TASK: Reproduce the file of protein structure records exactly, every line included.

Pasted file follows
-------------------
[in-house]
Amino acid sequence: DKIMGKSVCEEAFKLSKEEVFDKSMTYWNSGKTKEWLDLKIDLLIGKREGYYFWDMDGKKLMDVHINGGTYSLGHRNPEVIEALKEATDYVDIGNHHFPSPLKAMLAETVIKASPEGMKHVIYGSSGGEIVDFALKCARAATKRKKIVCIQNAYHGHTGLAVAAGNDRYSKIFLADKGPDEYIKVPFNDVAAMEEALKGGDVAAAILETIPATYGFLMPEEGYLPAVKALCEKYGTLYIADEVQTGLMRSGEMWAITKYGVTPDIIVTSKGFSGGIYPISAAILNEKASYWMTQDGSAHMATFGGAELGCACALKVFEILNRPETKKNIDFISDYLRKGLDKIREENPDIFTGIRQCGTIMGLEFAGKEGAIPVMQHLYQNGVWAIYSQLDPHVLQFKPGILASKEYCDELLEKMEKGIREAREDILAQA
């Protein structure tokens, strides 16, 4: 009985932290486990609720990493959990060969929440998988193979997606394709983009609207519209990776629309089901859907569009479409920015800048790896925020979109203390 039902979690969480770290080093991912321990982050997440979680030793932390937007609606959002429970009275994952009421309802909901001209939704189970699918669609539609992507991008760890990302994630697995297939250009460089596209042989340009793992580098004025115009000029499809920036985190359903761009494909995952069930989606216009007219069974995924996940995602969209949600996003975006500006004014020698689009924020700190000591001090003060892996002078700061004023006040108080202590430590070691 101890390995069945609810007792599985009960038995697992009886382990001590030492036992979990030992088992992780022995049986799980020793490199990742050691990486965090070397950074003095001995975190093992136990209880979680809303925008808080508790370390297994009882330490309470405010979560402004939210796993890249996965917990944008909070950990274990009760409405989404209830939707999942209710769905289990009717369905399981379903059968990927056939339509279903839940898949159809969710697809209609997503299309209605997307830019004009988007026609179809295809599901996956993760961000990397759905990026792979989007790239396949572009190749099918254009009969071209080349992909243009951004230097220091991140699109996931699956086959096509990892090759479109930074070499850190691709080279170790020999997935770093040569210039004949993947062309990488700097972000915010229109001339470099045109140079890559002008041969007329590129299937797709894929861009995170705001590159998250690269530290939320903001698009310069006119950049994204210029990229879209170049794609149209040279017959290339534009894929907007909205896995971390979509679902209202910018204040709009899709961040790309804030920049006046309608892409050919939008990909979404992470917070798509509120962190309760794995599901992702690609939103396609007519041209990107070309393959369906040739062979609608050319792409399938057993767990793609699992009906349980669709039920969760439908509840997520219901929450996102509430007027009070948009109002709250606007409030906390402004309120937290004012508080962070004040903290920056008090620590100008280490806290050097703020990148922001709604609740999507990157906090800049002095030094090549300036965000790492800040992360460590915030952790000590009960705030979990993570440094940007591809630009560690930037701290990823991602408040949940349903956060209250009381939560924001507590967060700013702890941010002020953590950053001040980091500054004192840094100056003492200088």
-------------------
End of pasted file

[in-house]
Amino acid sequence: DKIMGKSVCEEAFKLSKEEVFDKSMTYWNSGKTKEWLDLKIDLLIGKREGYYFWDMDGKKLMDVHINGGTYSLGHRNPEVIEALKEATDYVDIGNHHFPSPLKAMLAETVIKASPEGMKHVIYGSSGGEIVDFALKCARAATKRKKIVCIQNAYHGHTGLAVAAGNDRYSKIFLADKGPDEYIKVPFNDVAAMEEALKGGDVAAAILETIPATYGFLMPEEGYLPAVKALCEKYGTLYIADEVQTGLMRSGEMWAITKYGVTPDIIVTSKGFSGGIYPISAAILNEKASYWMTQDGSAHMATFGGAELGCACALKVFEILNRPETKKNIDFISDYLRKGLDKIREENPDIFTGIRQCGTIMGLEFAGKEGAIPVMQHLYQNGVWAIYSQLDPHVLQFKPGILASKEYCDELLEKMEKGIREAREDILAQA
């Protein structure tokens, strides 16, 4: 009985932290486990609720990493959990060969929440998988193979997606394709983009609207519209990776629309089901859907569009479409920015800048790896925020979109203390 039902979690969480770290080093991912321990982050997440979680030793932390937007609606959002429970009275994952009421309802909901001209939704189970699918669609539609992507991008760890990302994630697995297939250009460089596209042989340009793992580098004025115009000029499809920036985190359903761009494909995952069930989606216009007219069974995924996940995602969209949600996003975006500006004014020698689009924020700190000591001090003060892996002078700061004023006040108080202590430590070691 101890390995069945609810007792599985009960038995697992009886382990001590030492036992979990030992088992992780022995049986799980020793490199990742050691990486965090070397950074003095001995975190093992136990209880979680809303925008808080508790370390297994009882330490309470405010979560402004939210796993890249996965917990944008909070950990274990009760409405989404209830939707999942209710769905289990009717369905399981379903059968990927056939339509279903839940898949159809969710697809209609997503299309209605997307830019004009988007026609179809295809599901996956993760961000990397759905990026792979989007790239396949572009190749099918254009009969071209080349992909243009951004230097220091991140699109996931699956086959096509990892090759479109930074070499850190691709080279170790020999997935770093040569210039004949993947062309990488700097972000915010229109001339470099045109140079890559002008041969007329590129299937797709894929861009995170705001590159998250690269530290939320903001698009310069006119950049994204210029990229879209170049794609149209040279017959290339534009894929907007909205896995971390979509679902209202910018204040709009899709961040790309804030920049006046309608892409050919939008990909979404992470917070798509509120962190309760794995599901992702690609939103396609007519041209990107070309393959369906040739062979609608050319792409399938057993767990793609699992009906349980669709039920969760439908509840997520219901929450996102509430007027009070948009109002709250606007409030906390402004309120937290004012508080962070004040903290920056008090620590100008280490806290050097703020990148922001709604609740999507990157906090800049002095030094090549300036965000790492800040992360460590915030952790000590009960705030979990993570440094940007591809630009560690930037701290990823991602408040949940349903956060209250009381939560924001507590967060700013702890941010002020953590950053001040980091500054004192840094100056003492200088």